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Similar to the assassination of Fakhrizadeh, an Egyptian nuclear scientist and a lecturer at Alexandria University, Yehia El-Mashad, was executed by Mossad in June 13, 1980. It was reported that the Egyptian nuclear scientist was assassinated in his room at the Meridian Hotel, Paris in an operation code-named “Sphinx”. It was also reported that Mossad was behind the assassination of a Brazilian Air Force lieutenant Colonel, Jose Alberto Albanodo Amarante, in São Paulo in September, 1981 to prevent Brazil from becoming a nuclear state. Furthermore, other victims of Mossad’s targeted assassination were Ghassan Kanafani, a Palestinian writer and a top official of PFLA was assassinated in Beirut, Lebanon in July 8, 1972; Mahmoud Hamshari, a senior PLO official was assassinated in Paris, France in December 8, 1972; Hussein Al Basher, a senior Fatah official was assassinated in Nicosia, Cyprus in January 24, 1973; Zaiad Muchasi, a senior Fatah representative to Cypruswas assassinated in Athens, Greece in April 28, 1973; Wadie Haddad, a PLFP commanderwas assassinated in East Berlin, Germany in March 27, 1978; Mamoun Meraish, who was a senior PLO official was assassinated in Athens in August 21, 1983; Abu Jihad, who was the second in command to Yasser Arafat was assassinated in Tunis in April 16, 1988; Fathi Shaqaqi, who was the head of Palestinian Islamic Jihad was assassinatedin Sliema, Malta in October 26, 1995; while many others were also killed by the Israel Defense Forces (IDF) and the Israeli Air Force.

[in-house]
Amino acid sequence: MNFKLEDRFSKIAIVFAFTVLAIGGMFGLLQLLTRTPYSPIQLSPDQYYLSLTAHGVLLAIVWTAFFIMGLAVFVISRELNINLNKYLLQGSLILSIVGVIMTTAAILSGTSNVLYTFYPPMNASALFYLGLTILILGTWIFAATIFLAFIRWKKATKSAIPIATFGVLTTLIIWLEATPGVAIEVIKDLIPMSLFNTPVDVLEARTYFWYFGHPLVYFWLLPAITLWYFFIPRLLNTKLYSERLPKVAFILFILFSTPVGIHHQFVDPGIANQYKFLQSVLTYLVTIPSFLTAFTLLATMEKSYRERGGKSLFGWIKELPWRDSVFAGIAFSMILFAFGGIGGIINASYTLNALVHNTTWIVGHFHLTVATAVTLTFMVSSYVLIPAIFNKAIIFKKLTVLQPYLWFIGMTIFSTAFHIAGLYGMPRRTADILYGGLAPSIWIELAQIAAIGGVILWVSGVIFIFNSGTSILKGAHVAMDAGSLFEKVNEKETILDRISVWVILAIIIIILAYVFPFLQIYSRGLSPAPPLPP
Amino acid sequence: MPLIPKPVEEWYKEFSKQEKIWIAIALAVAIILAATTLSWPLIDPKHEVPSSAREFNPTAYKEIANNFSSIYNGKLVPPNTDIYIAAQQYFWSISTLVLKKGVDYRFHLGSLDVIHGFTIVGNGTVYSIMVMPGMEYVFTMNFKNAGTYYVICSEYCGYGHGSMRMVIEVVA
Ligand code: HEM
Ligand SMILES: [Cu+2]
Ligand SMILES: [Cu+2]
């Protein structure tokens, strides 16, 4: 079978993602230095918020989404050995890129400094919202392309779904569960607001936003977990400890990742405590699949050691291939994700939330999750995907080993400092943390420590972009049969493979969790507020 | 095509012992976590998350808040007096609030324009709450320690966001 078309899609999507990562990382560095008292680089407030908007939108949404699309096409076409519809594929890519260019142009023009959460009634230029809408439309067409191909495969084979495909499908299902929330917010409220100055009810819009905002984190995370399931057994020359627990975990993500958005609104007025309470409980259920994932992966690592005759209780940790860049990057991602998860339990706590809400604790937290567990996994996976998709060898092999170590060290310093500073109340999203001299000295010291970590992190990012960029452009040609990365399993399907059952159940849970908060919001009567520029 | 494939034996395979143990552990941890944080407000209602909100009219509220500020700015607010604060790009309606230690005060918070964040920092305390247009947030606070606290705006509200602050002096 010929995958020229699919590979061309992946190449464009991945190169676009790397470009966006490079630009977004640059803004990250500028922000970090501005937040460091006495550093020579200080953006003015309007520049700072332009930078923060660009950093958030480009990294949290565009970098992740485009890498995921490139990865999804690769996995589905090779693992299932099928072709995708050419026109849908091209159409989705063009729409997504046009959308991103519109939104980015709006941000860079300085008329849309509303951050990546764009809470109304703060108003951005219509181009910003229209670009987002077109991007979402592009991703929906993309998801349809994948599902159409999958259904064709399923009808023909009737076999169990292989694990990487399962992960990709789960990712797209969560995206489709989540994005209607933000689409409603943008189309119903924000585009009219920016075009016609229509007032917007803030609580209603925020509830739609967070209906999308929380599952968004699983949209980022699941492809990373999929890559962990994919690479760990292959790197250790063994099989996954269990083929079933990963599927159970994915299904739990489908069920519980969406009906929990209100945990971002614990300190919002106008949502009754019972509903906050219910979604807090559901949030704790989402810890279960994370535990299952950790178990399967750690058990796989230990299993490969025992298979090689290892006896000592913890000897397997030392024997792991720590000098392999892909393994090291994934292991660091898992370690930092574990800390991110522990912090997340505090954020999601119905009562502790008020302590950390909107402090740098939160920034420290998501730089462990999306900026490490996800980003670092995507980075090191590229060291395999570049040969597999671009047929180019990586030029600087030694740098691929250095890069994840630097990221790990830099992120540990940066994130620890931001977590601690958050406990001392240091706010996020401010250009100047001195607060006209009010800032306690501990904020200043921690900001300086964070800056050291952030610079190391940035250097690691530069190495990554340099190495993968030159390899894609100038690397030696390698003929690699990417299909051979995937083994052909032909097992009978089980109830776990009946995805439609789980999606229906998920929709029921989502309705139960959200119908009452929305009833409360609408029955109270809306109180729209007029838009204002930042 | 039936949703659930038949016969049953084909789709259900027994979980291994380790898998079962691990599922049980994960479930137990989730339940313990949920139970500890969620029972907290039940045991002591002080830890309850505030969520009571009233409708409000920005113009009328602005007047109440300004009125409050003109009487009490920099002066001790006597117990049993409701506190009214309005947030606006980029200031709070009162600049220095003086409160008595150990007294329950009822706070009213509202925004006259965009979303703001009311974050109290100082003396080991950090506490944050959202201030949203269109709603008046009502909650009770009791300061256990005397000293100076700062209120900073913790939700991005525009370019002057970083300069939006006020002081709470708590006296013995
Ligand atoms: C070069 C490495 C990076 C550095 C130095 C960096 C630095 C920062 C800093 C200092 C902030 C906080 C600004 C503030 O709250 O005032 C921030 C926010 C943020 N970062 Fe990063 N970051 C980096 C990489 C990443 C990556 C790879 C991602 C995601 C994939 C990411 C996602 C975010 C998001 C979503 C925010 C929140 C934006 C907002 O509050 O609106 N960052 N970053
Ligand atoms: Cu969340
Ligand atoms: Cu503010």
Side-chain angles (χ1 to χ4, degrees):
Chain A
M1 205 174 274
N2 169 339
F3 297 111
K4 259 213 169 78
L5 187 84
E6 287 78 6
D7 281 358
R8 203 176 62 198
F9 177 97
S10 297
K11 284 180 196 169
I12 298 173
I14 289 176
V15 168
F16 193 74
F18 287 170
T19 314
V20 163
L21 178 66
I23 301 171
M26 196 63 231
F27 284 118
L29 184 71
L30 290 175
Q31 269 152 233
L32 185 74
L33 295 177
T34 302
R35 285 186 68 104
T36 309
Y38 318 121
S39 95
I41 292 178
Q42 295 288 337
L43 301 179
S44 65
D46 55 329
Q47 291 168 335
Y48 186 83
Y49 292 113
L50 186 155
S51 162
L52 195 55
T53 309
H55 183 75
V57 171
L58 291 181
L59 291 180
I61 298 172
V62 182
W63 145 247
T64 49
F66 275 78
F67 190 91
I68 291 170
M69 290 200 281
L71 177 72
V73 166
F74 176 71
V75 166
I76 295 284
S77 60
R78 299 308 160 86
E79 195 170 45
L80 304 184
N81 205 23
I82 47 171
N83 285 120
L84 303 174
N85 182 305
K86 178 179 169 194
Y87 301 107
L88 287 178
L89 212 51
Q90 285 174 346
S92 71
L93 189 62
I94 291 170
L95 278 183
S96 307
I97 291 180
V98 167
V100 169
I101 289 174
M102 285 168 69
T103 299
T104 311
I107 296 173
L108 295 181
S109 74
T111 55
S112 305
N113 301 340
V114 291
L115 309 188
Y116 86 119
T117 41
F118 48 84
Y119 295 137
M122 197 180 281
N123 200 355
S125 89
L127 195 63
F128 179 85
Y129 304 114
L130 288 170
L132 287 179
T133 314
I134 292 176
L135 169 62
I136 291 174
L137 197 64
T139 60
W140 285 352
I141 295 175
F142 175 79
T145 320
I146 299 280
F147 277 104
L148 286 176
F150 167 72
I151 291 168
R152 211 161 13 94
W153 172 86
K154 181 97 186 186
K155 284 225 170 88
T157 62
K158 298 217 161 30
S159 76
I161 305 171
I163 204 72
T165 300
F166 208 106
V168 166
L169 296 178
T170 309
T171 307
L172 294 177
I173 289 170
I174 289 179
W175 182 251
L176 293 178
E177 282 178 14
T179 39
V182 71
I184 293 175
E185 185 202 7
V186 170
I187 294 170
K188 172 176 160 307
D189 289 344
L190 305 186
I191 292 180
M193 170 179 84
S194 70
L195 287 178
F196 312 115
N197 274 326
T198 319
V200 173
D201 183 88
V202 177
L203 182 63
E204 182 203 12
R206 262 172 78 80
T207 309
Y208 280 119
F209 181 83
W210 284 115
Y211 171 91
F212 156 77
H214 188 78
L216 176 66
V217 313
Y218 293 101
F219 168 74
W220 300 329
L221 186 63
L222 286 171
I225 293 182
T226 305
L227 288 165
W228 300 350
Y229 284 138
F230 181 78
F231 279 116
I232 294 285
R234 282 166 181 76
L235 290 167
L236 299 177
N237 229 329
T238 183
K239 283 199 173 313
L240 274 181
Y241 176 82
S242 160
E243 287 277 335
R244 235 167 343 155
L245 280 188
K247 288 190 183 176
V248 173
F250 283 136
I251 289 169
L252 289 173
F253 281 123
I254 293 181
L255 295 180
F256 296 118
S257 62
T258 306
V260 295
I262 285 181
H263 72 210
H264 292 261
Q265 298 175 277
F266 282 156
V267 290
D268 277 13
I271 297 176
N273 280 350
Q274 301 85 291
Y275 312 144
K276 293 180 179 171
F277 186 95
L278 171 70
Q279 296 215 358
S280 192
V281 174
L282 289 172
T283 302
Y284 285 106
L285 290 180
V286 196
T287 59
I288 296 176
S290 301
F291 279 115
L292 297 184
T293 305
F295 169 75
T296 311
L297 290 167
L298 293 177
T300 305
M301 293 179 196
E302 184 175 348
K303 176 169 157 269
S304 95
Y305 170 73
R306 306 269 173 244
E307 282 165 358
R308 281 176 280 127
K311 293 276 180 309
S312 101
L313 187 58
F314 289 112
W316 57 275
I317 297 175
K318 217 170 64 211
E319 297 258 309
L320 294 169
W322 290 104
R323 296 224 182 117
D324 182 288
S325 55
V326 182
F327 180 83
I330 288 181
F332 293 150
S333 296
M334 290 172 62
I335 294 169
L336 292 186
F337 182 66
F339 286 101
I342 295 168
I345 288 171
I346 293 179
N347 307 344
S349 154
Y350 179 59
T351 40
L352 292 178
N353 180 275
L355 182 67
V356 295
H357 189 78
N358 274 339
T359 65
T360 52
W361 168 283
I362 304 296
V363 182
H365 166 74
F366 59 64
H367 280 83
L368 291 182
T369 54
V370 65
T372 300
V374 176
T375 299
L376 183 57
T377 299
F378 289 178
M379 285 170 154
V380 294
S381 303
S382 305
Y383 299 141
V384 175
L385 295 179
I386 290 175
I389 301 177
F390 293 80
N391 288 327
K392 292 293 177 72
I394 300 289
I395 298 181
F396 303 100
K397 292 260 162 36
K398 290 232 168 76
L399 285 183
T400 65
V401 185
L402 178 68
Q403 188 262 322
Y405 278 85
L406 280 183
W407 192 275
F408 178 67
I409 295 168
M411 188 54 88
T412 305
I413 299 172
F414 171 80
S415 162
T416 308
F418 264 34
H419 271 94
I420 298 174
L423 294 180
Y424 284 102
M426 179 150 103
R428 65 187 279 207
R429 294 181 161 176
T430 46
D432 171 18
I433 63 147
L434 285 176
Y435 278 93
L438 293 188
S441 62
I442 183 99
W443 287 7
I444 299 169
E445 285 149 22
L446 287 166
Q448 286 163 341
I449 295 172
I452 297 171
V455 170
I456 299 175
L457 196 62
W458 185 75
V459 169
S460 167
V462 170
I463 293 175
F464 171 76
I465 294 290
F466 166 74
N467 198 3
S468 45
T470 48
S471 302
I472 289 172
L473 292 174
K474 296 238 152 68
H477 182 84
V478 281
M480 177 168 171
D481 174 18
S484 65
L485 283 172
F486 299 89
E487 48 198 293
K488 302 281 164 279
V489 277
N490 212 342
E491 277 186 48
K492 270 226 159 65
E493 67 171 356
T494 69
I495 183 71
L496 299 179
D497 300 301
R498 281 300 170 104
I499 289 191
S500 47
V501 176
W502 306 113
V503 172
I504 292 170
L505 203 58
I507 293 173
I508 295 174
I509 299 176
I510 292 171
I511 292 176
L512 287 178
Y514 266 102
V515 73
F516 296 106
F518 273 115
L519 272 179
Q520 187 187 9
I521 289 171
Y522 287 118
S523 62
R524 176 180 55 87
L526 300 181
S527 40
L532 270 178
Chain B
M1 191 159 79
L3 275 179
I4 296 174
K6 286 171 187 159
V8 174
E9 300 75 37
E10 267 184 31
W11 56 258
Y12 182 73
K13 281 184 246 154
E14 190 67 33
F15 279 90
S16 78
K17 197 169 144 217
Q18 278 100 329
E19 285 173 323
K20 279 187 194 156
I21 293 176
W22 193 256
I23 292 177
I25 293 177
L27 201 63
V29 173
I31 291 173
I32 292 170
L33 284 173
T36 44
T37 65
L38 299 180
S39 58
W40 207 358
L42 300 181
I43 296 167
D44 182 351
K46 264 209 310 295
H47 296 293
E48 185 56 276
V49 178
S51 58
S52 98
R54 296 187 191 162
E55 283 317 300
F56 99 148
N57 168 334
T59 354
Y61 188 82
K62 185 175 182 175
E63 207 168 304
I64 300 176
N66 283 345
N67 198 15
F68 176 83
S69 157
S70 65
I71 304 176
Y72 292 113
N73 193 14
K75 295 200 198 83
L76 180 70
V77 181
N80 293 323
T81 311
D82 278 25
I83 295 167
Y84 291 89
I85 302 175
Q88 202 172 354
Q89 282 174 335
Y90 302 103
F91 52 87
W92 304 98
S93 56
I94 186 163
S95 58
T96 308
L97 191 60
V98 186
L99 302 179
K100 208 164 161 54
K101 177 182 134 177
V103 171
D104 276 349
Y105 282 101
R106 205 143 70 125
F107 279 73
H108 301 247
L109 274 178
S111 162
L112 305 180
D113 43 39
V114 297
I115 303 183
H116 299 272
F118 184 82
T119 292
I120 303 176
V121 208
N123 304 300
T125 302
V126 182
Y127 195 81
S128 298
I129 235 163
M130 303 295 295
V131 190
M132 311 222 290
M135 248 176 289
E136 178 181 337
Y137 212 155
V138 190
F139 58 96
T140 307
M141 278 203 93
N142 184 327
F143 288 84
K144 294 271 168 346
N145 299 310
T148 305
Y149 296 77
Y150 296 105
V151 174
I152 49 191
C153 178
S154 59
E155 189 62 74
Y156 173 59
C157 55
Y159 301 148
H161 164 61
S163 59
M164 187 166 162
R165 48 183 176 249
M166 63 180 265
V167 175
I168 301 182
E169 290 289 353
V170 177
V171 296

In general, targeted assassination should be seen as a condemnable act, outdated, and uncivilized, explicitly, in the realm of international relations. Targeted assassination, as well, is correctly a signpost of justifying “might is right,” and its reverse, which is “right is might” reminds me of the former Secretary-General of the UN between 1997 and 2006, the late Kofi Annan, and his consistent calls for rational diplomacy in preventing and resolving deadly conflict. A rational diplomacy should therefore define the current scope of the Middle East crisis by looking back to the two-state solution, which started to gain momentum after signing the Oslo Peace Accord in 1993 that granted semi-autonomy to Palestine.

Sule is Ph.D. student, Department of Public Administration, Obafemi Awolowo University, Ile-Ife.